After this tour, PFM recruited an additional lead singer Bernardo Lanzetti who took most of the lead vocals on PFM’s last two English language releases Chocolate Kings (1975) and the jazz-fusion driven Jet Lag, recorded in Los Angeles and released in 1977. Lanzetti’s powerful voice fronted a more aggressive sound on these albums, each of which contain an extended central piece, “Out of the Roundabout” on Chocolate Kings, and the title track from Jet Lag, the last record to be released on an American label. These are excellent examples of the progressive rock form, featuring more of PFM’s signature allegro jams and frantic, driven performances. In particular, an increased use of fretless bass from Djivas paired with fusionesque Rhodes piano leads from Premoli elevate Jet Lag to the top tier of the band’s many albums. Though members have come and gone since the end of the 70s, PFM has continued to record and release new material every decade since their inception, each work continuing to demonstrate the enduring talent of these fine musicians.
Many fans like this author discovered PFM a bit too late to see any of their shows outside Italy have since been able to see the band in various reformations at progressive rock festivals and short tours. It’s worth noting that while film is scarce, audio recordings are plentiful, from the most important, now expanded official release Cook, to live CDs termed “official bootlegs” which capture a series of tours since PFM’s inception, volumes numbered under the heading PFM – 10 Anni Live. Arguably given the fact that Cook captures the band in its original lineup, the most important of these is Volume 4: 1977-1978, the Jet Lag Tour, which captures a blistering live performance during Lanzetti’s tenure with the band, and includes tracks from Passpartu, which marked the end of his involvement with PFM.
Paper Charms: Complete BBC Recordings 1974-1976 (2015), Cherry Red Records, 25 min, 1.5:1
As mentioned, film of PFM is hard to find, and this author has not been able to locate a complete performance by the band during their 1970s heyday on video. However black-and-white film of the band performing songs from their first album on Italian television RAI can be found on Progressive Rock in Italy, and on streaming services, though this is difficult to find on DVD. Fortunately, the best of their television performances, taken from the BBC’s Old Grey Whistle Test in the mid 70s are available on the recent compilation available at Cherry Red Records, Paper Charms: Complete BBC Recordings 1974-1976. These films, recorded in 1.5:1 aspect ratio and somehow retaining color and clarity after all these years, are a revelation, a rare chance to see the band in their prime, in studio and stage performances of “Four Holes in the Ground”, “Celebration”, “Mr. Nine ‘Till Five” with the 1974-75 lineup and the track “Chocolate Kings” in 1976 which showcases singer Lanzetti’s contribution. The camera moves smoothly about the band members, providing revealing close-ups of keys, toms, winds and frets, uninterrupted by distracting transitions or other flourishes. This is how the band is best presented, simply performing their most enduring songs with lightening fast precision and aplomb.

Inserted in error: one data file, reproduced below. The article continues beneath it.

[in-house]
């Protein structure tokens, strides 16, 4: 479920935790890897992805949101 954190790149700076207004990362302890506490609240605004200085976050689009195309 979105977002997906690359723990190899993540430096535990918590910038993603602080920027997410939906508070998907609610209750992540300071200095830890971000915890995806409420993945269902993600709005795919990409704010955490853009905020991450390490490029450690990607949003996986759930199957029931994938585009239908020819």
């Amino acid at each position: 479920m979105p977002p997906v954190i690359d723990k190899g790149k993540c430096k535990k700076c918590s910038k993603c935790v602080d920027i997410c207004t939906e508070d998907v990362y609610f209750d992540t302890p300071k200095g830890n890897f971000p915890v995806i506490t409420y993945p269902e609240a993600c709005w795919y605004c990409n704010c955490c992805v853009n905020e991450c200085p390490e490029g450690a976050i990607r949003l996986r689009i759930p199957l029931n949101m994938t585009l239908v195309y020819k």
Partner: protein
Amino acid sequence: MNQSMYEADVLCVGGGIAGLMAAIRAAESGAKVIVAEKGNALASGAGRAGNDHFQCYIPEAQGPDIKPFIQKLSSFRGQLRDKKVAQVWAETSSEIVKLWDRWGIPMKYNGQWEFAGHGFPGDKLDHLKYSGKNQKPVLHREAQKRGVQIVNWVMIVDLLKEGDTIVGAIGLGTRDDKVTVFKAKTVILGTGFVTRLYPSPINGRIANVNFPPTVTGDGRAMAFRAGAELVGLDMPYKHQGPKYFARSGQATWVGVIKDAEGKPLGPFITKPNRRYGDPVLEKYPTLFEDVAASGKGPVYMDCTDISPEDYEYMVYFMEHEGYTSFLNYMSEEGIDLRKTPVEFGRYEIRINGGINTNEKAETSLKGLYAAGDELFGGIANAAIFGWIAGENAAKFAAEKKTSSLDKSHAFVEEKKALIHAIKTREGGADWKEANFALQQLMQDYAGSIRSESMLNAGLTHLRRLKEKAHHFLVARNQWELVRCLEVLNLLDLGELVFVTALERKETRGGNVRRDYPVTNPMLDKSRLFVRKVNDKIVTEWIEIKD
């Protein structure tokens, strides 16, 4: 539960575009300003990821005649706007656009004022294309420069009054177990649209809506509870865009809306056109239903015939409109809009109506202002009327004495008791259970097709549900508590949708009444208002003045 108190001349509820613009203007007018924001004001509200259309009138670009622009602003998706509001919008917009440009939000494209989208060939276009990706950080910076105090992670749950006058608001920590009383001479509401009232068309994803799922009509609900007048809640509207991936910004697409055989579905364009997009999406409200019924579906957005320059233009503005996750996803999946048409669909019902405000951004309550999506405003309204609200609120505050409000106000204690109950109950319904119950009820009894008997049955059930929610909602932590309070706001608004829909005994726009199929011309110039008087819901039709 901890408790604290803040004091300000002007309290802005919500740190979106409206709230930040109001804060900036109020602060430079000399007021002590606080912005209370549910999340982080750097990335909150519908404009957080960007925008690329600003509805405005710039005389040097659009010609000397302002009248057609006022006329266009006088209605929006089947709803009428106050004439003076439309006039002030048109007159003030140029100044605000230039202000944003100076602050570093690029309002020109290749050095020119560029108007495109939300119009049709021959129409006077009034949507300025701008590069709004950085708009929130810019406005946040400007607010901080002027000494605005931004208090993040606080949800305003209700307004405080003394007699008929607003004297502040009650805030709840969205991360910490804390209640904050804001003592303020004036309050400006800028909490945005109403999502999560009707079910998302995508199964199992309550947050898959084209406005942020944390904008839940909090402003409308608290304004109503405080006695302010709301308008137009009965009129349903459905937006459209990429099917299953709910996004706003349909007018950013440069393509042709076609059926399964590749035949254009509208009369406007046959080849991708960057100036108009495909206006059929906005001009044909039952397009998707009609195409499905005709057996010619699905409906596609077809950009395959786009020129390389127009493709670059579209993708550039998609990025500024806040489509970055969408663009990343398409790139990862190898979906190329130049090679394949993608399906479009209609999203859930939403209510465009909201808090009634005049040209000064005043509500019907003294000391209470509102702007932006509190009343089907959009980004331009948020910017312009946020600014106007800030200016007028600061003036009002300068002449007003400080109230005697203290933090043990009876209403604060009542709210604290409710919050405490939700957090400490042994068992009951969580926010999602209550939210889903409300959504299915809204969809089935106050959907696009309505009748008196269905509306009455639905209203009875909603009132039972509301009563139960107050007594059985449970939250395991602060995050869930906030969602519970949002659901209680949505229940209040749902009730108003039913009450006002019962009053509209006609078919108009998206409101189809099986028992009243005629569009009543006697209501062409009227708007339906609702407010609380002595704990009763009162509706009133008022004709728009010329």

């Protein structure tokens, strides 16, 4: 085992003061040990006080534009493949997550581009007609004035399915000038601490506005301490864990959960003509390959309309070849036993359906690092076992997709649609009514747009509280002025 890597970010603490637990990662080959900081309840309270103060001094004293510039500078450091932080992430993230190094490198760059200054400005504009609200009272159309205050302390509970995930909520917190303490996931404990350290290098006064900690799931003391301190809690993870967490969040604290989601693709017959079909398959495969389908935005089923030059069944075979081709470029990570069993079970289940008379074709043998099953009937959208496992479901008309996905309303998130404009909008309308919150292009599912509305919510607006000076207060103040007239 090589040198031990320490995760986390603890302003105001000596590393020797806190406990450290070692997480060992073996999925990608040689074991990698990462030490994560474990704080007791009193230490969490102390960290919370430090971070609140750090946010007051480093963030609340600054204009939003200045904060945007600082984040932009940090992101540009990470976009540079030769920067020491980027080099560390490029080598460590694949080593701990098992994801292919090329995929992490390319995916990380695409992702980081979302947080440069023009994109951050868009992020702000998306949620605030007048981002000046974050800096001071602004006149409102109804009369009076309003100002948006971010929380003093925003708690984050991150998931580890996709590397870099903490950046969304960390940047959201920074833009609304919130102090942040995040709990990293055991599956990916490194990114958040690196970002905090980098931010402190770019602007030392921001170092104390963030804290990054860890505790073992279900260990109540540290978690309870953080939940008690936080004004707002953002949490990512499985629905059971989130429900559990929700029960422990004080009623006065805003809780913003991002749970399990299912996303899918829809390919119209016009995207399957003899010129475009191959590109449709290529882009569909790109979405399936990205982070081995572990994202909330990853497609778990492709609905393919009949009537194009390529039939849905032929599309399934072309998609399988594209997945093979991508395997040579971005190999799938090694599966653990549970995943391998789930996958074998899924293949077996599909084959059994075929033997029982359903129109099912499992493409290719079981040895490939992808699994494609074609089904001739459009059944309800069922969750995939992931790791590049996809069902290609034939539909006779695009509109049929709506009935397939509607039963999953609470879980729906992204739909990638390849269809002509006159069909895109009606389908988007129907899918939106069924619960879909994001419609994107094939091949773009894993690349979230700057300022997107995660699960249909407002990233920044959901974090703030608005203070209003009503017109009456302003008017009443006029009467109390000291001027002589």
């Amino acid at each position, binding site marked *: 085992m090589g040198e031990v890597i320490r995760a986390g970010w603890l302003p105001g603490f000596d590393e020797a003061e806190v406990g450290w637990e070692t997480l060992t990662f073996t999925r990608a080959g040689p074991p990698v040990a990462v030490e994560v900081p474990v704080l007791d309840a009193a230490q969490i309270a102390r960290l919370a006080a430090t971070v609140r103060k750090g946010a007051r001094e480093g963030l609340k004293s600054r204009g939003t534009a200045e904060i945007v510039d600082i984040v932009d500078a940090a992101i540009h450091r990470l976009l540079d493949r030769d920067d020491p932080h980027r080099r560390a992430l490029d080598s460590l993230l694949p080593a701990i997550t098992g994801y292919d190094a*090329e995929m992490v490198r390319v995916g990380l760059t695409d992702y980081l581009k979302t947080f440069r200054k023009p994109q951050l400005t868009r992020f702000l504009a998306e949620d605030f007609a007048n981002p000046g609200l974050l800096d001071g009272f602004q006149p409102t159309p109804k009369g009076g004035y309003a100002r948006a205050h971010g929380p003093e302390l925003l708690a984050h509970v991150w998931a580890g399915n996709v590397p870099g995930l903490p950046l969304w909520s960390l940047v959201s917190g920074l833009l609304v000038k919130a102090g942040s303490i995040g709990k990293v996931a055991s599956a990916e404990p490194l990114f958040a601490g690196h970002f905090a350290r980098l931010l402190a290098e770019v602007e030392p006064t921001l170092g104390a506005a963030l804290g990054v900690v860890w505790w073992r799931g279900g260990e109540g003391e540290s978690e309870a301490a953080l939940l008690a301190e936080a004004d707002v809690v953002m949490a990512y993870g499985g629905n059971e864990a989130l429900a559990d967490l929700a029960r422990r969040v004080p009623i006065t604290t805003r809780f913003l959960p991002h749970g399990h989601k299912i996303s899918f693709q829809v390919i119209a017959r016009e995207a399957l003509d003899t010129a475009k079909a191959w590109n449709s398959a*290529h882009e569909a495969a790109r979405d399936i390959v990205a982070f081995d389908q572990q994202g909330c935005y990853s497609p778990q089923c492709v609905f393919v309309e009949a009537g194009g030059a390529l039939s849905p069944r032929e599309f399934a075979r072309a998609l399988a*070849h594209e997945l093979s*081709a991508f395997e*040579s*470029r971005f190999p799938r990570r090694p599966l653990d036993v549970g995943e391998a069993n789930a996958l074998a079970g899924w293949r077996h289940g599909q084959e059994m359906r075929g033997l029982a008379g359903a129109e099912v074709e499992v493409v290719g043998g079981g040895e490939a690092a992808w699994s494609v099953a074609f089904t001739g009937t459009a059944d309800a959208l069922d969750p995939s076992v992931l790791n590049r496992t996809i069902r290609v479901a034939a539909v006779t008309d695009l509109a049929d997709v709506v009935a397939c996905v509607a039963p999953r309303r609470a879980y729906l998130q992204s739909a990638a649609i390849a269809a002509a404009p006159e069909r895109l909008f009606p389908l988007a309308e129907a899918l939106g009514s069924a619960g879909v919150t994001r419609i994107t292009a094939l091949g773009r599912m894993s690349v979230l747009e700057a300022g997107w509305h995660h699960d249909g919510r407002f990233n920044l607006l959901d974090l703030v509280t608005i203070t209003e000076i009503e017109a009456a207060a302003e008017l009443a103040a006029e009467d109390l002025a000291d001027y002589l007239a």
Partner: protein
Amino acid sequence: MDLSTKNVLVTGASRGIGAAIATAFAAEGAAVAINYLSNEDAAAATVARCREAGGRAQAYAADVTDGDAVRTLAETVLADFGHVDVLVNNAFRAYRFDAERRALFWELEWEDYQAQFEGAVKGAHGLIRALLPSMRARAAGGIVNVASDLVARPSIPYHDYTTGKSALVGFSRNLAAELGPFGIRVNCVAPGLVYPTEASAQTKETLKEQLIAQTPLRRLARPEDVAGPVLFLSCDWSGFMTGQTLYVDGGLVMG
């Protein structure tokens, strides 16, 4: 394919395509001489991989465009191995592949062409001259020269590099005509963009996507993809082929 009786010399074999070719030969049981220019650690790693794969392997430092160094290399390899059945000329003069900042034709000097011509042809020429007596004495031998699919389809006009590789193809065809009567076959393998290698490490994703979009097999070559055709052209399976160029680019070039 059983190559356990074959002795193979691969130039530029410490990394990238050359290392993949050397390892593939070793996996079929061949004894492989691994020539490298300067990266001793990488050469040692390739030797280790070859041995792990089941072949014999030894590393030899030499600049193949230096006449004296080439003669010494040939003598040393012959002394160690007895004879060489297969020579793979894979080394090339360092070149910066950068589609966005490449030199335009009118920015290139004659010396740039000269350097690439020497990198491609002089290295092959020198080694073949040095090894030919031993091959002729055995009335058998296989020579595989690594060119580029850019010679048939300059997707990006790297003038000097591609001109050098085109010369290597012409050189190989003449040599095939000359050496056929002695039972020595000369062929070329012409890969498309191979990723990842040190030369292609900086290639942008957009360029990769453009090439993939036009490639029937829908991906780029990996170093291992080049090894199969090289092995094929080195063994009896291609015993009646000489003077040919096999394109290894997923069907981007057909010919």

Film Strip: (top to bottom) (a) Close-up of winds/violin player Pagani demonstrating rich, vibrant colors (b) Premoli with clear view of his work on keys (c) Mussida shown mid-distance provides a study of his soloing technique (d) Di Cioccio captured less frequently, as is the norm for drummers in early rock video (e) Lanzetti, in 76, part of the best preserved film segment from BBC’s OGWT